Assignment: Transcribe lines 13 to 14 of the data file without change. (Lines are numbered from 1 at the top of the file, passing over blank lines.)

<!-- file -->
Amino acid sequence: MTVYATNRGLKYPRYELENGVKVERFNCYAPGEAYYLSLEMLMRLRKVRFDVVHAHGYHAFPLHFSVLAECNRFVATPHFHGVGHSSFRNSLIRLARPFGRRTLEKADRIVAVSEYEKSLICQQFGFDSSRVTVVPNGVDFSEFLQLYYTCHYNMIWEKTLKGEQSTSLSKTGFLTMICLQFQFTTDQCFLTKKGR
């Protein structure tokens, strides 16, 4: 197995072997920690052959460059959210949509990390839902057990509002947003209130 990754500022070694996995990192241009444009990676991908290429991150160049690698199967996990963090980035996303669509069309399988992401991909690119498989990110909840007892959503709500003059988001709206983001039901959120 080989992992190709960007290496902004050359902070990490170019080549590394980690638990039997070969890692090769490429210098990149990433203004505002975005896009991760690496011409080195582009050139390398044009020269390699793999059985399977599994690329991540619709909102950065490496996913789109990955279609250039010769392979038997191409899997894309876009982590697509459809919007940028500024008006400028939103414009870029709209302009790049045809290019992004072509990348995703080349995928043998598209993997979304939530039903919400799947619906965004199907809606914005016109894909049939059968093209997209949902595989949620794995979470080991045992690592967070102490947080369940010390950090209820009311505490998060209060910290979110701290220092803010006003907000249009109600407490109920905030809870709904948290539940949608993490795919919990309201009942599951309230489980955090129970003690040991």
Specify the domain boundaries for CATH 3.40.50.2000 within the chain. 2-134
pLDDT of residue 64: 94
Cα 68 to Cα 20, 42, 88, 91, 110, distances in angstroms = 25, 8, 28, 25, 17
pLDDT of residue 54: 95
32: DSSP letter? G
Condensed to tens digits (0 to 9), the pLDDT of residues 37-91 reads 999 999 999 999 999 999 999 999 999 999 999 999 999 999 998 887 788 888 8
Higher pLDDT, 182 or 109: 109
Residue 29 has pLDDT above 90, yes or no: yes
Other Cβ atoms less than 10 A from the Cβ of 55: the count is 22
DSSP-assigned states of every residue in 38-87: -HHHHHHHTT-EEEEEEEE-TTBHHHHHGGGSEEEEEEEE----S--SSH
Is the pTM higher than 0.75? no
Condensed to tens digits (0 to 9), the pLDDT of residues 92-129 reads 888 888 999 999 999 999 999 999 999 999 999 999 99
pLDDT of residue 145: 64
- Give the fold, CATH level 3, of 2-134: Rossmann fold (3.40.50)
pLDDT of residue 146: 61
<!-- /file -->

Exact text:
Is the pTM higher than 0.75? no
Condensed to tens digits (0 to 9), the pLDDT of residues 92-129 reads 888 888 999 999 999 999 999 999 999 999 999 999 99